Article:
4. Differences with HTML 4


This section is informative.

Due to the fact that XHTML is an XML application, certain practices that were perfectly legal in SGML-based HTML 4 [HTML4] must be changed.

4.1. Documents must be well-formed

Well-formedness is a new concept introduced by [XML]. Essentially this means that all elements must either have closing tags or be written in a special form (as described below), and that all the elements must nest properly.

Although overlapping is illegal in SGML, it is widely tolerated in existing browsers.

CORRECT: nested elements.

<p>here is an emphasized <em>paragraph</em>.</p>

INCORRECT: overlapping elements

<p>here is an emphasized <em>paragraph.</p></em>

4.2. Element and attribute names must be in lower case

XHTML documents must use lower case for all HTML element and attribute names. This difference is necessary because XML is case-sensitive e.g. <li> and <LI> are different tags.

4.3. For non-empty elements, end tags are required

In SGML-based HTML 4 certain elements were permitted to omit the end tag; with the elements that followed implying closure. XML does not allow end tags to be omitted. All elements other than those declared in the DTD as EMPTY must have an end tag. Elements that are declared in the DTD as EMPTY can have an end tag or can use empty element shorthand (see Empty Elements).

CORRECT: terminated elements

<p>here is a paragraph.</p><p>here is another paragraph.</p>

INCORRECT: unterminated elements

<p>here is a paragraph.<p>here is another paragraph.

4.4. Attribute values must always be quoted

All attribute values must be quoted, even those which appear to be numeric.

CORRECT: quoted attribute values

<td rowspan="3">

INCORRECT: unquoted attribute values

<td rowspan=3>

4.5. Attribute Minimization

XML does not support attribute minimization. Attribute-value pairs must be written in full. Attribute names such as compact and checked cannot occur in elements without their value being specified.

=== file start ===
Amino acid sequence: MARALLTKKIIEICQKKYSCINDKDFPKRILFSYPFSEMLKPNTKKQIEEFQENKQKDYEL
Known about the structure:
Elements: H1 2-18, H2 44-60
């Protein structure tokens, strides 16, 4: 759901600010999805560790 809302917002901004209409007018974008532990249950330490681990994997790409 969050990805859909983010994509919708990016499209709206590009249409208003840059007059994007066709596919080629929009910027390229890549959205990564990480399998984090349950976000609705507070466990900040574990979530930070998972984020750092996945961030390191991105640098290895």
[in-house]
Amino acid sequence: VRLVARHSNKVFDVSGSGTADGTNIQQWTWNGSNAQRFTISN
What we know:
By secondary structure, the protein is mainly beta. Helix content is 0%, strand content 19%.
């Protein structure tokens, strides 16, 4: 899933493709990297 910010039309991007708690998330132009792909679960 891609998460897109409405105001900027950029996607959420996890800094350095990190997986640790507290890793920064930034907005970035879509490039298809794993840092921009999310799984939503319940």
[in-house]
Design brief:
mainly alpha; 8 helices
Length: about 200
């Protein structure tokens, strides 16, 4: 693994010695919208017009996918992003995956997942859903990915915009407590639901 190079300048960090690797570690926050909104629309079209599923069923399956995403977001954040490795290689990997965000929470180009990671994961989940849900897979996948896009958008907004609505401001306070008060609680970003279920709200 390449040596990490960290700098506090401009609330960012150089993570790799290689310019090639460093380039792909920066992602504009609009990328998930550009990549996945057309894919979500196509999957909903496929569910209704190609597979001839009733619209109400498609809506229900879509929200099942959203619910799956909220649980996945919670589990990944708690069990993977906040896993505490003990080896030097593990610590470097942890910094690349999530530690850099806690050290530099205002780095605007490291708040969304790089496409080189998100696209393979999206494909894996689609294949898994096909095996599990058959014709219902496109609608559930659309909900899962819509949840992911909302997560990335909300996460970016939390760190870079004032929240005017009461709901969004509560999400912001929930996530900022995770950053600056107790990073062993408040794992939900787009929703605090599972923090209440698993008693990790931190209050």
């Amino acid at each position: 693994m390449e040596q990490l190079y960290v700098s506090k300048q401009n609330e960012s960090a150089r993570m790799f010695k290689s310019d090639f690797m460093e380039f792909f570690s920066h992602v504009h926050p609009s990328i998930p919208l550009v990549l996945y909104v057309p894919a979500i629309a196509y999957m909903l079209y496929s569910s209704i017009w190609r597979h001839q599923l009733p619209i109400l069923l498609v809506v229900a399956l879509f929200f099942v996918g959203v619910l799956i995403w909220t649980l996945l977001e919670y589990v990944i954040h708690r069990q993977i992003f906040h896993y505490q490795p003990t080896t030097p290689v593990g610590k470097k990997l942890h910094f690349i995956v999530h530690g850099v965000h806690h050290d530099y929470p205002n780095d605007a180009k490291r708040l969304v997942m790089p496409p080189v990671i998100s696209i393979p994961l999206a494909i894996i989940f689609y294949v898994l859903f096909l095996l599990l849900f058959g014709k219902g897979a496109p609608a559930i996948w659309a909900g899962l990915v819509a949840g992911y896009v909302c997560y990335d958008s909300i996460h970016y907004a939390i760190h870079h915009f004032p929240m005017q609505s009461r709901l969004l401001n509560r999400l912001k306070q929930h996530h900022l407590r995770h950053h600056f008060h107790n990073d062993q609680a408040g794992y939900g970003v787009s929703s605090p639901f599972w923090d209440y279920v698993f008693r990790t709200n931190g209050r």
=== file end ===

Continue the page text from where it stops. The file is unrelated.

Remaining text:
CORRECT: unminimized attributes

<dl compact="compact">

INCORRECT: minimized attributes

<dl compact>

4.6. Empty Elements

Empty elements must either have an end tag or the start tag must end with />. For instance, <br/> or <hr></hr>. See HTML Compatibility Guidelines for information on ways to ensure this is backward compatible with HTML 4 user agents.

CORRECT: terminated empty elements


INCORRECT: unterminated empty elements


4.7. White Space handling in attribute values

When user agents process attributes, they do so according to Section 3.3.3 of [XML]:

4.8. Script and Style elements

In XHTML, the script and style elements are declared as having #PCDATA content. As a result, < and & will be treated as the start of markup, and entities such as &lt; and &amp; will be recognized as entity references by the XML processor to < and & respectively. Wrapping the content of the script or style element within a CDATA marked section avoids the expansion of these entities.

<script type="text/javascript">
... unescaped script content ...

CDATA sections are recognized by the XML processor and appear as nodes in the Document Object Model, see Section 1.3 of the DOM Level 1 Recommendation [DOM].

An alternative is to use external script and style documents.

4.9. SGML exclusions

SGML gives the writer of a DTD the ability to exclude specific elements from being contained within an element. Such prohibitions (called "exclusions") are not possible in XML.

For example, the HTML 4 Strict DTD forbids the nesting of an 'a' element within another 'a' element to any descendant depth. It is not possible to spell out such prohibitions in XML. Even though these prohibitions cannot be defined in the DTD, certain elements should not be nested. A summary of such elements and the elements that should not be nested in them is found in the normative Element Prohibitions.

4.10. The elements with 'id' and 'name' attributes

HTML 4 defined the name attribute for the elements a, applet, form, frame, iframe, img, and map. HTML 4 also introduced the id attribute. Both of these attributes are designed to be used as fragment identifiers.

In XML, fragment identifiers are of type ID, and there can only be a single attribute of type ID per element. Therefore, in XHTML 1.0 the id attribute is defined to be of type ID. In order to ensure that XHTML 1.0 documents are well-structured XML documents, XHTML 1.0 documents MUST use the id attribute when defining fragment identifiers on the elements listed above. See the HTML Compatibility Guidelines for information on ensuring such anchors are backward compatible when serving XHTML documents as media type text/html.

Note that in XHTML 1.0, the name attribute of these elements is formally deprecated, and will be removed in a subsequent version of XHTML.

4.11. Attributes with pre-defined value sets

HTML 4 and XHTML both have some attributes that have pre-defined and limited sets of values (e.g. the type attribute of the input element). In SGML and XML, these are called enumerated attributes. Under HTML 4, the interpretation of these values was case-insensitive, so a value of TEXT was equivalent to a value of text. Under XML, the interpretation of these values is case-sensitive, and in XHTML 1 all of these values are defined in lower-case.

4.12. Entity references as hex values

SGML and XML both permit references to characters by using hexadecimal values. In SGML these references could be made using either &#Xnn; or &#xnn;. In XML documents, you must use the lower-case version (i.e. &#xnn;)